Our solar system has many fascinating worlds, including actual planets, moons of planets and of course sun-orbiting asteroids and comets. Jupiter’s moon Europa is among the most fascinating because – based on evidence from the Galileo spacecraft, which orbited in the jovian system for eight years, beginning in 1995 – Europa is now believed to have a liquid ocean below its icy crust, a possible abode for life. This week (May 26, 2015), NASA announced its selection of nine science instruments for a new mission to Europa.
NASA’s fiscal year 2016 budget request includes $30 million to formulate a mission to Europa, which is proposes to launch in the 2020s. The mission would send a solar-powered spacecraft into a long, looping orbit around the gas giant Jupiter to perform repeated close flybys of Europa over a three-year period. In total, the mission would perform 45 flybys at altitudes ranging from 16 miles to 1,700 miles (25 kilometers to 2,700 kilometers).
Last year, NASA invited researchers to submit proposals for instruments to study Europa. Thirty-three were reviewed and, of those, nine were selected. The payload of selected science instruments includes:
– Cameras and spectrometers to produce high-resolution images of Europa’s surface and determine its composition.
– An ice-penetrating radar will determine the thickness of the moon’s icy shell and search for subsurface lakes similar to those beneath Antarctica.
– A magnetometer to measure strength and direction of the moon’s magnetic field, which will allow scientists to determine the depth and salinity of its ocean.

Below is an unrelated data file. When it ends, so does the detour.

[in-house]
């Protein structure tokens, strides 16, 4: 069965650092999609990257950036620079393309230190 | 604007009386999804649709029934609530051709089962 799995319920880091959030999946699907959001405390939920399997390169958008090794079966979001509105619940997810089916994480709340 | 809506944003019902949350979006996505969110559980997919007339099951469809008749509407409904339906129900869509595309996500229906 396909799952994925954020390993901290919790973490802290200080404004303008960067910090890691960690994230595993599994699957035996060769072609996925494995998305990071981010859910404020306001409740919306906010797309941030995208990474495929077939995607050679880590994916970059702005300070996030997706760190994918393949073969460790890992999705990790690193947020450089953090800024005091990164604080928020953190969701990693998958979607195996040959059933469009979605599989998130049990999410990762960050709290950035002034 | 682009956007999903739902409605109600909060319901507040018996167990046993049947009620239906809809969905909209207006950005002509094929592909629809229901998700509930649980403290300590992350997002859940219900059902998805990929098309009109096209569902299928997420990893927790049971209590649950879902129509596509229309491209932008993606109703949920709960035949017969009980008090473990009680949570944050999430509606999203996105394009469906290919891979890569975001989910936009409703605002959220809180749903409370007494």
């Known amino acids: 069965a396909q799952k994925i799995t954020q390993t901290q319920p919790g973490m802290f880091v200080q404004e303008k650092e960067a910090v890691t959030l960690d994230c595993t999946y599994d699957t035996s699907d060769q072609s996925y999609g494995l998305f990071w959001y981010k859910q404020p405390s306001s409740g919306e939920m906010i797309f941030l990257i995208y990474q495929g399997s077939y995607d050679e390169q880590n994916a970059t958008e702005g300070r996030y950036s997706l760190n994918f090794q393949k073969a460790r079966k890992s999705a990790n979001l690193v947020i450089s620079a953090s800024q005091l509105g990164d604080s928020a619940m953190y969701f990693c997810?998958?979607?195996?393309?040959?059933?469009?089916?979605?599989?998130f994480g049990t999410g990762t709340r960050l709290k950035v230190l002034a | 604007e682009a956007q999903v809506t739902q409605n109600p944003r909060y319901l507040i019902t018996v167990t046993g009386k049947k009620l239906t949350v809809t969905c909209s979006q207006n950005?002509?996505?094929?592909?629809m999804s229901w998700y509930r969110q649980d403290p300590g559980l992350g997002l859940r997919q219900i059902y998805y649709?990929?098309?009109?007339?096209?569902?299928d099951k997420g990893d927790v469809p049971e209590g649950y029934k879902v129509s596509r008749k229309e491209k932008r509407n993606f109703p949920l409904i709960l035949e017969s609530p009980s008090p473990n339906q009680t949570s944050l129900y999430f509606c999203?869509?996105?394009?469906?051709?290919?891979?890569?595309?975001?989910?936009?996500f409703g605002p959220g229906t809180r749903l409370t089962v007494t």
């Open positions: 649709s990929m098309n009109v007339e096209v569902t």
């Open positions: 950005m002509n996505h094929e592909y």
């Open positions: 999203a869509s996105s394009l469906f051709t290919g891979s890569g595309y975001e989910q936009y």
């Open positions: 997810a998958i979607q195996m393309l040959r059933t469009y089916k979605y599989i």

– A thermal instrument to scour Europa’s frozen surface in search of recent eruptions of warmer water.
– Additional instruments to search for evidence of water and tiny particles in the moon’s thin atmosphere. NASA’s Hubble Space Telescope observed water vapor above the south polar region of Europa in 2012, providing the first strong evidence of water plumes. If the plumes’ existence is confirmed – and they’re linked to a subsurface ocean – it will help scientists investigate the chemical makeup of Europa’s potentially habitable environment while minimizing the need to drill through layers of ice.
If Europa’s sub-surface ocean does exist, it could contain more than twice as much liquid water as that found on Earth. In other words, Europa may be the true water planet in our solar system. And, of course, life as we know it depends on water. With its abundant salty water, rocky sea floor, and the energy and chemistry provided by tidal heating – that is, heating that occurs as Europa is gravitationally squeezed by Jupiter – Europa could be the best place in the solar system to look for present day life beyond our home planet.
John Grunsfeld, associate administrator for NASA’s Science Mission Directorate in Washington, said in a statement:
Europa has tantalized us with its enigmatic icy surface and evidence of a vast ocean, following the amazing data from 11 flybys of the Galileo spacecraft over a decade ago and recent Hubble observations suggesting plumes of water shooting out from the moon.
We’re excited about the potential of this new mission and these instruments to unravel the mysteries of Europa in our quest to find evidence of life beyond Earth.
Curt Niebur, Europa program scientist at NASA Headquarters in Washington, said:
This is a giant step in our search for oases that could support life in our own celestial backyard. We’re confident that this versatile set of science instruments will produce exciting discoveries on a much-anticipated mission.
The NASA selectees are: